A year measured in kitchen destruction

• ~900 words • 4 minute read

Previously I reflected on my travels in 2013 measured in buses. Today I measure it in kitchens. Or, perhaps more accurately, in the size of the wake of wanton kitchen destruction I unleashed on the world.

"Now I am become George, the destroyer of kitchens."

This may negatively affect my otherwise sterling Airbnb reviews. So be it. The truth must be known!

I lived something of a double-life last year. For all the things that went right for me on my trip — in which I traveled through 18 countries over the course of one year, working and living life as (un)usual — there is one thing that seemed to go wrong for me with remarkable consistency.

The kitchen.

Oh, where to begin. Perhaps a summary of quantities:

  • 2 broken plates
  • 1 broken bowl
  • 1 jar of strawberry preserves (shattered, full, unopened)
  • 1 cabinet hinge (later repaired by the destructor)
  • 1  side of the legs of a wobbly stove (bent when standing on said stove to repair previous hinges)
  • 1 bar of chocolate, stolen and shamefully eaten (but replaced)
  • 1 electric kettle (shorted)
  • 1 cushion on a kitchen stool (stained, with coffee)
  • 1 airborne, exploding coffee percolator
  • 1 linoleum floor tile (gouged), in same kitchen when previous percolator came in for a landing

And while I hope to write about all of the events surrounding the items on this list, a summary of my time in Argentina is probably adequate for now. In another installment I hope to write more on the practicalities of cooking and traveling for such an extended period.

Enjoy this stupid summary of a stupid thing I did in Argentina:

The day after I arrived in Argentina I was quite pleased to find better coffee-making facilities than I'd seen in my previous month in Peru. In fact, the kitchen here had a lot of things I hadn't had there. A refrigerator! An oven! Cabinets! Most excitingly to me the morning after arriving — a percolator! I'm a bigger fan of the french press, but any kind of non-instant coffee was a welcome sight after the shocking dearth of good, non-instant coffee where I'd been staying.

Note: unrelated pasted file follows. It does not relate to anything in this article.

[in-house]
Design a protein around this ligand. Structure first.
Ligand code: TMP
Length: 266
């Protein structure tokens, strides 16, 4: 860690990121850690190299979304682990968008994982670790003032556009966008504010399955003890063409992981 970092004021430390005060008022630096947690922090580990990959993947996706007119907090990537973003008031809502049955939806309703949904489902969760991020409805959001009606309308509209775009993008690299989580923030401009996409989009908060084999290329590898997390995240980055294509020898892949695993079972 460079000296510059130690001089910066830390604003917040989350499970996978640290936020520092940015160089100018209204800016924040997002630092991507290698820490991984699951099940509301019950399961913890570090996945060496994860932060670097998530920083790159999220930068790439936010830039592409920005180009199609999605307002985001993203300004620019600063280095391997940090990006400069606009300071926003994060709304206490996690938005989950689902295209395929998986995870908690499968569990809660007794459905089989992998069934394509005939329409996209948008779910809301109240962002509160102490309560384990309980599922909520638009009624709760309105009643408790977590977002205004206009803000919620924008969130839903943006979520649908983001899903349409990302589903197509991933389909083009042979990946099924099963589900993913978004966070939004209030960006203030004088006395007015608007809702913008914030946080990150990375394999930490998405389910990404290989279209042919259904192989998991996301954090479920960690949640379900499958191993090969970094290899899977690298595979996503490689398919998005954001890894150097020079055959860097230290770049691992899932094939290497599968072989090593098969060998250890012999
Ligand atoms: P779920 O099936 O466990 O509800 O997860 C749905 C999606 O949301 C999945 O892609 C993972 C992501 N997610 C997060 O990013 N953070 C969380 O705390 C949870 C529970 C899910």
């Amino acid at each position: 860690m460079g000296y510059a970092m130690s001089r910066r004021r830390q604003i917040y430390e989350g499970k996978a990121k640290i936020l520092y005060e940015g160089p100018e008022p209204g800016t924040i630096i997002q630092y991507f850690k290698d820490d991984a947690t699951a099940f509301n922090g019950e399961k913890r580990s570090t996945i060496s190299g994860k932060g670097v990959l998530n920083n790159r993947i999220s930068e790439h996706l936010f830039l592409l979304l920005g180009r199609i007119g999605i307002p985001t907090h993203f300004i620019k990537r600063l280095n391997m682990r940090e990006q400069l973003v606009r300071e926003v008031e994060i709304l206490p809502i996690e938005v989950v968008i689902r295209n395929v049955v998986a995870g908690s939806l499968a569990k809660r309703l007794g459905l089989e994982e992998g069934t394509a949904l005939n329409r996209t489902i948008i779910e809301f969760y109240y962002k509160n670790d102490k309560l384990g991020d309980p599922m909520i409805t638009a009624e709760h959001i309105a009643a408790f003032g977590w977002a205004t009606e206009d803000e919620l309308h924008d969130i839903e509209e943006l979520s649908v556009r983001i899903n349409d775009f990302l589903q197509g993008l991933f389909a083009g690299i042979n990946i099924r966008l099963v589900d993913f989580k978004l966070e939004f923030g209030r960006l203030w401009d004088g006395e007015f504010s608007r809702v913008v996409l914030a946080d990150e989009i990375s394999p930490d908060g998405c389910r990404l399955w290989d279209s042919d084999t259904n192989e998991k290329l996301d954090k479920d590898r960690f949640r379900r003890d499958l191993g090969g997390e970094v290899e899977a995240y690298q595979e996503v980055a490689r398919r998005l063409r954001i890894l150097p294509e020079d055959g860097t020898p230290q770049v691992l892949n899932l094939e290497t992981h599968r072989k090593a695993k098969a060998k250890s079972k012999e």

So I used assembled the percolator. The only problem was I seldom made coffee in percolators and left out an important piece in assembling it. The grounds managed to find their way into unintended parts of the percolator, clogging things up. A solid ten minutes passed by and I started to wonder what was taking so long. I could hear what sounded like boiling water and steam, but without any of the expected percolation.

I rounded the corner and stepped into the kitchen not two steps when the percolator exploded in a brown mist. It jumped off the burner and proceeded to do two backflips in the air, spreading grounds, water and chaos on the floor, the walls, the fridge, the cabinets and the ceiling. When it hit the ground with a heavy thud there was a noticeable dent in the linoleum, nearly an inch-long and a quarter-inch deep.

When my screaming and jumping subsided I took in the scene. Grounds were sprayed across the ceiling; dozens of clipping son the front of the refrigerator were now illegible and permanently stained; every nook and cranny of between the cabinets and the arcane water heating system it sat right next to were caked in coffee crud.

I settled on drinking some maté instead that morning while I pondered the best way to clean this mess. I decided to eat while I pondered and grabbed the metal nutcracker and the basket of walnuts. The first two nuts broke open just fine, but on the third one of the metal hinges snapped in half like a twig. At this point I was unsure whether to start looking for the kitchen cleaner or an exorcist.

Eventually, after several days scrubbing, washing, scraping, making poor decisions ((

During the days after coffee vesuvius  I'd also managed to eat all of a secret Aguila chocolate stash. Later that week I would go on a quest to find the exact same chocolates (difficult when your Spanish is passable at best and the rarity and packaging of said chocolates is an unknown quantity) and break them apart so that one grouping of four and one grouping of two were left — exactly as I'd found them.)) and thinking the cleaning was done only to find some new corner or hidden stain to clean, it looked satisfactory. Provided you didn't look at the ceiling, which was permanently stained, or wonder where all the newspaper clippings had gone (Hint: la basura).

The dent in the floor was a little more complicated. You see, I was sharing this apartment with someone, but that someone happened to not be there during this ordeal. In fact, as I would come to realize, this person wasn't an official tenant, but rather renting it from the real renter, who was constantly traveling. He himself had just returned after a full month at the coast and had entrusted the guest signing-in duties to another friend.

Essentially, so many people were coming and going in this place nobody was around often enough to say the dent hadn't always been there, or that some other guest hadn't made it before.

I never brought it up.